University of Canterbury student, Dena Makarious, moved to Christchurch from native Egypt when she was eight years old. She is currently in her second year of a Postgraduate Diploma in Clinical Psychology.
“From an early age, I knew I wanted to work in a field that enabled me to make a difference in people’s lives,” Dena said.
With this motivation, Dena initially studied in Auckland with a view of going into general practice or another medical field like optometry. While at university Dena became aware of the mental health struggles many of her fellow students were experiencing under a heavy workload and decided to change direction.
“I could see the empathy and support in place for those with a physical illness that people could see with their eyes, but I saw how lonely and isolating it was for people struggling with a mental illness and how those struggles were often invalidated and dismissed,” Dena said.
Dena’s Middle Eastern background gives her a unique view of how different cultures experience mental illness.
“Unfortunately, mental health is not well understood within my community. People often find that they do not reach out for support due to multiple barriers such as cost, language, shame, or stigma. Those who do reach out are viewed through western models and lenses that often do not fit. For example, depression can present in more somatic symptoms such as having a sore stomach, feeling weak, having sore muscles, and carrying tension,” Dena said.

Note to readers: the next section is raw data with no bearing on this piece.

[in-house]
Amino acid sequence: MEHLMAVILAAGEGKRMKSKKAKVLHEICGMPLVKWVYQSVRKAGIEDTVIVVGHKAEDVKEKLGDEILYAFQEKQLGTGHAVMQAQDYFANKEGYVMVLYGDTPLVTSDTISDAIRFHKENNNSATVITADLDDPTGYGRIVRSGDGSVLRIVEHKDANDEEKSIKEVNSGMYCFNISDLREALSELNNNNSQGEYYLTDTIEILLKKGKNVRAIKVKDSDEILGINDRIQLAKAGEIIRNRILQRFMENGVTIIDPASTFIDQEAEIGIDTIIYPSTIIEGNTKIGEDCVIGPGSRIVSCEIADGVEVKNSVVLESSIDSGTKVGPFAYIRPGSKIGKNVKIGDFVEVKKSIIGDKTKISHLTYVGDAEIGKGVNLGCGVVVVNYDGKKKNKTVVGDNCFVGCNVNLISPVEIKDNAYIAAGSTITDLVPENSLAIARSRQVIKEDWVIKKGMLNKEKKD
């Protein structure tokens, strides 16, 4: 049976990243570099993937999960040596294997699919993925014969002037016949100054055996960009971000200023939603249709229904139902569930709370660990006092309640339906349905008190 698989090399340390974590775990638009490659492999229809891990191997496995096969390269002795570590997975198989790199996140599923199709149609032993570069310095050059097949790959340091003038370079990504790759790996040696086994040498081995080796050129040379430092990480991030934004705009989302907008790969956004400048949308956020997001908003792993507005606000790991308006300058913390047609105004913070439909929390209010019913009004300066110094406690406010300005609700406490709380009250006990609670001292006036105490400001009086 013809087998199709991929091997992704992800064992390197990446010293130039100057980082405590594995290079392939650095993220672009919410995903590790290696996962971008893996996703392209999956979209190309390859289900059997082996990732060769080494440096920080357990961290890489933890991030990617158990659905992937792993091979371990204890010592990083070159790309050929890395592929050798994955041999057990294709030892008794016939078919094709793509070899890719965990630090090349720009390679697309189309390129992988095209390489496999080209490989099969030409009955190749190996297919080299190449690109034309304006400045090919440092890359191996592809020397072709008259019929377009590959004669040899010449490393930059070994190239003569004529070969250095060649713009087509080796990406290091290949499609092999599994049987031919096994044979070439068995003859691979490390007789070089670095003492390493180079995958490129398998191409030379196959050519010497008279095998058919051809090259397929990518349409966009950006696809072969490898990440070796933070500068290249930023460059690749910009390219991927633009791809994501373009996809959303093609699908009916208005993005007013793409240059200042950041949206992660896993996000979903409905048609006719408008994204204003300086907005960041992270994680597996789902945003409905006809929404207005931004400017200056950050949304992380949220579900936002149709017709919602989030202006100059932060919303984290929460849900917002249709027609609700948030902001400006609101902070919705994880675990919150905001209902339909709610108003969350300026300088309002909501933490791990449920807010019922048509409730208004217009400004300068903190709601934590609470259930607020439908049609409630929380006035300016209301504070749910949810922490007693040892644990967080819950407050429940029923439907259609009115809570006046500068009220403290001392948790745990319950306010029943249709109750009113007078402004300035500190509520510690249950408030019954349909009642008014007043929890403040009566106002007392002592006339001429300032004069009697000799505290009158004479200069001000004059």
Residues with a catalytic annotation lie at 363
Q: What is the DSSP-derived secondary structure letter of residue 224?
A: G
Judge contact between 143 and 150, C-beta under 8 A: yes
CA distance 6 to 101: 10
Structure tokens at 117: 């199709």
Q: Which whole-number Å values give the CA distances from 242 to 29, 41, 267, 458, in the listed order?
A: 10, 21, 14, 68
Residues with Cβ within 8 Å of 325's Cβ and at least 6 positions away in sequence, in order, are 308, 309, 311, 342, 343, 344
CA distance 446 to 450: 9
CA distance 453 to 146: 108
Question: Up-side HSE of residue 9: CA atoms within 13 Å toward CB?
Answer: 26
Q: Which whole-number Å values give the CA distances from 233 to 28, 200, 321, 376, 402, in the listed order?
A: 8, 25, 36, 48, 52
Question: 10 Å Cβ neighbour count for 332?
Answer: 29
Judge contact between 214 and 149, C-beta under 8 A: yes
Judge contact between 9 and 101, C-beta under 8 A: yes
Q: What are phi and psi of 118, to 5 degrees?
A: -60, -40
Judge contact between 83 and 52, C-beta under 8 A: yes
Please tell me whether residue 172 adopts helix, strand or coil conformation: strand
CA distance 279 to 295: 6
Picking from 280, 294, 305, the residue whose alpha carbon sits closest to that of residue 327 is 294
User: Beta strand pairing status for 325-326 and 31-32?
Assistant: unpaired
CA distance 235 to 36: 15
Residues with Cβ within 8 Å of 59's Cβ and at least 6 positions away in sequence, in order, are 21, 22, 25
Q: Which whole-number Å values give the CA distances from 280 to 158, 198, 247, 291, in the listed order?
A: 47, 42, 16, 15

“Even when seeing a professional, the idea of sitting and talking with someone is not necessarily seen as something that works for us,” she said.
Dena is passionate about working with youth and children, and people from her community as well as other cultures.